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North American lumber exports to Asia fell sharply in March amid port strike

MONTREAL - North American lumber exports to Asia were down sharply in March, held back by a Vancouver port strike, according to a U.S.-based trade industry association which found exports to China fell nearly 42 per cent from the prior year while exports to Japan plummeted 59 per cent.

However, the Western Wood Products Association said improvements in North American markets meant that overall shipments by Canadian and U.S. producers were down just 1.9 per cent year over year. Overall Canadian shipments decreased 4.8 per cent while U.S. shipments were 0.4 per cent higher even as both countries saw deliveries grow 8.4 per cent from February.

North American lumber production increased 3.1 per cent in March to 4.7 billion board feet. Canadian production rose 2.4 per cent to 2.1 billion board feet in March, up 10.1 per cent from the prior month. B.C. output increased 10.8 per cent while the rest of Canada was up 9.4 per cent.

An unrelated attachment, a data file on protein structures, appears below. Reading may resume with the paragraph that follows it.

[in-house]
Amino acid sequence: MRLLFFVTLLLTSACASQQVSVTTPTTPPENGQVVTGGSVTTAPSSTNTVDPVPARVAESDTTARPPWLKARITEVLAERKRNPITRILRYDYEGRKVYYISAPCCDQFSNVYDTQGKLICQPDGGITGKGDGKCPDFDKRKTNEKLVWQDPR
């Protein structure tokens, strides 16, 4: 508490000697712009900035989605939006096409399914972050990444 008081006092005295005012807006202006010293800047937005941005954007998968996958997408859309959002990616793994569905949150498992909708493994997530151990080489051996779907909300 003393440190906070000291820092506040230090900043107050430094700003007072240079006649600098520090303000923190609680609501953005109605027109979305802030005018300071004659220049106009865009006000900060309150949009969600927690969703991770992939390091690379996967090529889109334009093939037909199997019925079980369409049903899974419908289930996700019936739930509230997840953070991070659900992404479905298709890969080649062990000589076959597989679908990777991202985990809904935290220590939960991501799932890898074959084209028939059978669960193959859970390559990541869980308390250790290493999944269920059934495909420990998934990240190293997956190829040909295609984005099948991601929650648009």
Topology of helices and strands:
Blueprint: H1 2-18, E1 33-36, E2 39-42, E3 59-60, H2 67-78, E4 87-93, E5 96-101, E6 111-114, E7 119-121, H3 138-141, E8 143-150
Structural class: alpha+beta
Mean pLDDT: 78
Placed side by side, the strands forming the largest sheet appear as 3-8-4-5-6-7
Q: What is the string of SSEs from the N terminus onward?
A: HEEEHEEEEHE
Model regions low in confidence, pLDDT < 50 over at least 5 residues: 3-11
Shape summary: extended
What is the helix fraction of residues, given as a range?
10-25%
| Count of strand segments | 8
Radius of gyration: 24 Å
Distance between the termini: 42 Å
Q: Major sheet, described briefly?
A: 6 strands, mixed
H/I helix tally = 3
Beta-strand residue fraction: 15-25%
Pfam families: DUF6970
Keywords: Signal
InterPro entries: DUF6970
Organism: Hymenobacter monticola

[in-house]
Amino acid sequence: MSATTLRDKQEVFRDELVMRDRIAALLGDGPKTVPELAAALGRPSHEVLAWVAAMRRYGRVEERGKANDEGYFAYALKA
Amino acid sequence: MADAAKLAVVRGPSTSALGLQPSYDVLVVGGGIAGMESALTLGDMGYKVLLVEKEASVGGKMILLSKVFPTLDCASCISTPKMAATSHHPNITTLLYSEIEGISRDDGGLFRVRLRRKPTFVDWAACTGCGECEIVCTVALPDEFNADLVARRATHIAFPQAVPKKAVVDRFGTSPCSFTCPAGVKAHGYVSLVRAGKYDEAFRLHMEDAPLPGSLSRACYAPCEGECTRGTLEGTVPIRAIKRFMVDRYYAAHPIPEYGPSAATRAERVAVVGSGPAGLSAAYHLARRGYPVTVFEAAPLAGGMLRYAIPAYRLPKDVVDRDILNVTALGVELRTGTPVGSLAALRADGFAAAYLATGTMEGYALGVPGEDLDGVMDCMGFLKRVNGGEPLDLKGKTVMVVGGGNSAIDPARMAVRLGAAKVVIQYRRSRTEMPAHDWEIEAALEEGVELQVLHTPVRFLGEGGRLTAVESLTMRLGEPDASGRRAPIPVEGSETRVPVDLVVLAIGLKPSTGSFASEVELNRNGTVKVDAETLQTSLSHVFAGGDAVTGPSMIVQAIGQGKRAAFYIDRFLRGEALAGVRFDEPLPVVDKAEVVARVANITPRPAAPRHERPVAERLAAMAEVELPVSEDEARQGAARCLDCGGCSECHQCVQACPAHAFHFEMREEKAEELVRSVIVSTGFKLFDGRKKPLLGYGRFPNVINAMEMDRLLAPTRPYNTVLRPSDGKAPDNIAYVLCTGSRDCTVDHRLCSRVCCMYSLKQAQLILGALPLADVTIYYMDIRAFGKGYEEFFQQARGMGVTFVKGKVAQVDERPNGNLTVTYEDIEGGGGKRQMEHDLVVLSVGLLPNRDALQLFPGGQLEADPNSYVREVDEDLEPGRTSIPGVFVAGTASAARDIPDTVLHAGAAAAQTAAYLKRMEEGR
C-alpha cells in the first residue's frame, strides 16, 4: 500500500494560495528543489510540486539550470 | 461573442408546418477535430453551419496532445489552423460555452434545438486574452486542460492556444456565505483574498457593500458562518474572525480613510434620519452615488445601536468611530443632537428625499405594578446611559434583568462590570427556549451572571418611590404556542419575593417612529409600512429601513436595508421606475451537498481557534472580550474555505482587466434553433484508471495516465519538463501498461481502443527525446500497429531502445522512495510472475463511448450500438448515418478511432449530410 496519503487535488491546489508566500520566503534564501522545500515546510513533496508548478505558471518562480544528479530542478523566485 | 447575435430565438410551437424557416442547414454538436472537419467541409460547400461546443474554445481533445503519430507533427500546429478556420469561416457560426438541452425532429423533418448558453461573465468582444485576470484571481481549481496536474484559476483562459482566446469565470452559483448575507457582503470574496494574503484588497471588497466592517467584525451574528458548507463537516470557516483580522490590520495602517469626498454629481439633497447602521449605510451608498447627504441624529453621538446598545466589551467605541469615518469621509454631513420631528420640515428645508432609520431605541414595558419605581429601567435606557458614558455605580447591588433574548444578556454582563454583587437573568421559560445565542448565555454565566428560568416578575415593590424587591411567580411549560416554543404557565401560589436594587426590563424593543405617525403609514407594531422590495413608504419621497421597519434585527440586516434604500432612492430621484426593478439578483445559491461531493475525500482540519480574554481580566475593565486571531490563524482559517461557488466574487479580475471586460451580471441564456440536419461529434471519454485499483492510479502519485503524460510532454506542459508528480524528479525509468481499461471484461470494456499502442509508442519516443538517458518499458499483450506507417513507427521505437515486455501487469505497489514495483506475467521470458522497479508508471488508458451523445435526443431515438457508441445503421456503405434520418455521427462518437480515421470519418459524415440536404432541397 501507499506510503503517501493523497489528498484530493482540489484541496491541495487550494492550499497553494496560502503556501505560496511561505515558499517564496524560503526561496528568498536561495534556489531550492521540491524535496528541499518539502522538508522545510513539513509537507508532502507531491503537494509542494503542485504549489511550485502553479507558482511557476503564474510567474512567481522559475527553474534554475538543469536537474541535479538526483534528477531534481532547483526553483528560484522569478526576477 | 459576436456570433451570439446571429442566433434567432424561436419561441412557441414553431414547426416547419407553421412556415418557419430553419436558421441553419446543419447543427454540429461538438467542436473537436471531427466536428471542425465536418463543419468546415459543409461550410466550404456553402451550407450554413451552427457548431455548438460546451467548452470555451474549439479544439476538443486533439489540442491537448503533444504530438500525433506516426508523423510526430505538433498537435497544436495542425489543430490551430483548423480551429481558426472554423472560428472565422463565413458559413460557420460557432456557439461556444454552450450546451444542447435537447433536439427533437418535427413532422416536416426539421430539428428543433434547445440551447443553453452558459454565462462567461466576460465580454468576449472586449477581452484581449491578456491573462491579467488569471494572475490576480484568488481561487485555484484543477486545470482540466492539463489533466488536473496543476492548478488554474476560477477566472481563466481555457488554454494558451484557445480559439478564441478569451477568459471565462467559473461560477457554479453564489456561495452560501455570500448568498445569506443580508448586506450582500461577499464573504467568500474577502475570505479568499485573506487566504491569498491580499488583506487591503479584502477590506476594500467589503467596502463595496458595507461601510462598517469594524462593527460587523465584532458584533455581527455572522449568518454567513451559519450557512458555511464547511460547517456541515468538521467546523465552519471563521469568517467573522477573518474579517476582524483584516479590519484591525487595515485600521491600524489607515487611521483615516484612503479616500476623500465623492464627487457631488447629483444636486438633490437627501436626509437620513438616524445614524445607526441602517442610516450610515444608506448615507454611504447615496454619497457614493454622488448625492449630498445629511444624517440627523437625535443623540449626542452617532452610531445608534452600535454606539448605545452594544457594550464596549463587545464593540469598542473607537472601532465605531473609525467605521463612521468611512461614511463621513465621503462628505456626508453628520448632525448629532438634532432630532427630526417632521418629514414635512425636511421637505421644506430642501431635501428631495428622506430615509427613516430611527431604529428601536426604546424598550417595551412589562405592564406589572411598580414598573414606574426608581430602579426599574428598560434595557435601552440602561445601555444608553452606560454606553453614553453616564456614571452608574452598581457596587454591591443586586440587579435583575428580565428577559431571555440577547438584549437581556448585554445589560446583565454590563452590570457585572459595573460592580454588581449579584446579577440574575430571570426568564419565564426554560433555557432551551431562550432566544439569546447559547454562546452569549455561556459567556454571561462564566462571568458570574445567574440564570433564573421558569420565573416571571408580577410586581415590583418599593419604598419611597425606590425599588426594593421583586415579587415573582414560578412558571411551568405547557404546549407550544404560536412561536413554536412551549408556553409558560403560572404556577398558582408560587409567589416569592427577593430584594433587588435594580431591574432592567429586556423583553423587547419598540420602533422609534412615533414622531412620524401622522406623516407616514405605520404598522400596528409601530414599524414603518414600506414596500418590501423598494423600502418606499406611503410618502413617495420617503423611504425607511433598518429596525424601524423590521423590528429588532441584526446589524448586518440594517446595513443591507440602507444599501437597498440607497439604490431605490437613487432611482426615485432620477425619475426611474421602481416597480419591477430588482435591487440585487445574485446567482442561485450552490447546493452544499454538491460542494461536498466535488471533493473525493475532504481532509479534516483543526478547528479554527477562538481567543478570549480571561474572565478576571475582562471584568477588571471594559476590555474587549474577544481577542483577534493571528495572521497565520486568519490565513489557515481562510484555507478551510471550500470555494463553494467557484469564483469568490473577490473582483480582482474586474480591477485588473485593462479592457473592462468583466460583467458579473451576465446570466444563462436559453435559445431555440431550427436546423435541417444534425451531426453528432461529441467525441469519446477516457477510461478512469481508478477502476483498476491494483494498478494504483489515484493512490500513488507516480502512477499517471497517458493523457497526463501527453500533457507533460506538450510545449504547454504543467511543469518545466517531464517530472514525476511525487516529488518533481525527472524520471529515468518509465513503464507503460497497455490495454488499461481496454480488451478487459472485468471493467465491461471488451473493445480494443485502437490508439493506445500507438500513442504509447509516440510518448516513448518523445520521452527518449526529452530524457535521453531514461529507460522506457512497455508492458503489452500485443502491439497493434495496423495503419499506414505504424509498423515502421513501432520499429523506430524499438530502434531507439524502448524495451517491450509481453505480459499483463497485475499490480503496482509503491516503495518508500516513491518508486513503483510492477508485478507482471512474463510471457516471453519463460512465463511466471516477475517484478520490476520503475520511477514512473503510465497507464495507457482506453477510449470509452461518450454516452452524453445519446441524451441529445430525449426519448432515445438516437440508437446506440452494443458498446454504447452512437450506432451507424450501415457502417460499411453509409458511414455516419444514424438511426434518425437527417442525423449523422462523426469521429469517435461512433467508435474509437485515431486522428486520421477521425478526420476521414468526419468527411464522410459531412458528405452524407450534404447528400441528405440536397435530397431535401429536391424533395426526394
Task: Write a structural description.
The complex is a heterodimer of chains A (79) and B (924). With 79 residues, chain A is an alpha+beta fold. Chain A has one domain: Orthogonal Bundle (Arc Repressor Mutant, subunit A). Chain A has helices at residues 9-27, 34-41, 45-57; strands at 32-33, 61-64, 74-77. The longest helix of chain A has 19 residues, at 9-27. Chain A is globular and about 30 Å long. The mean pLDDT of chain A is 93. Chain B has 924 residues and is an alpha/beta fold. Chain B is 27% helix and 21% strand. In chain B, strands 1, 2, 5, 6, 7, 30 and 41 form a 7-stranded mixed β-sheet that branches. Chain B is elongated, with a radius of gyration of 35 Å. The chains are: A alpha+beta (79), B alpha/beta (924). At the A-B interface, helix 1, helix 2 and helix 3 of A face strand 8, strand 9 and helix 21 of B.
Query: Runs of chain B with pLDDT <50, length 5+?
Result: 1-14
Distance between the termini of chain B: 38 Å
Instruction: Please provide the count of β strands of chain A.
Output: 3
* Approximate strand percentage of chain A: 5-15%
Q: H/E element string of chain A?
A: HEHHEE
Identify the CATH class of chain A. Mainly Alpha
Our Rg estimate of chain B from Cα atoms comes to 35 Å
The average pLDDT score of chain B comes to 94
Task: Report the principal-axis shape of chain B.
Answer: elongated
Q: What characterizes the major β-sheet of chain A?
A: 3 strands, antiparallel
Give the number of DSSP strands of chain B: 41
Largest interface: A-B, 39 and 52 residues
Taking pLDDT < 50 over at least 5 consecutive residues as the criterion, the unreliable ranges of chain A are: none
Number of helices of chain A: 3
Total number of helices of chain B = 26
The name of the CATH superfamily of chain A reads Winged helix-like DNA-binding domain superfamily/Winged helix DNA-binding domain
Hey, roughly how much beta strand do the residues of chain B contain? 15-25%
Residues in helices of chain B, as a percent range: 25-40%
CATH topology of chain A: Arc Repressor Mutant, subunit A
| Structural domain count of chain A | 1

Lumber use in Canada rose 31.1 per cent to 678 million board feet or 14 per cent of North American production, while U.S. consumption fell 0.8 per cent to 3.3 billion board feet.

North American lumber inventories increased 5.8 per cent from February to 6.5 billion board feet, due to rail shipment delays and the Vancouver port strike.

Lumber prices have fallen 12 per cent so far this year after rising 19 per cent in 2013.

Paul Quinn of RBC Capital Markets expects prices will decrease four per cent in 2014 to US$340 per thousand board feet, before increasing 15 per cent to US$390 in 2015 and US$415 in 2016.

Canadian lumber producers Canfor Corp. (TSX:CFP) and Western Forest Products Inc. (TSX:WEF) said in April that shipments had been affected by weather-related transportation issues and the port strike. They expected a rebound in the second quarter as warmer weather contributed to stronger residential construction demand.

RBC estimates U.S. housing starts will surpass one million in 2014 for the first time since the recession, reaching 1.1 million units followed by 1.25 million in 2015 and 1.35 million in 2016.

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The Canadian Press


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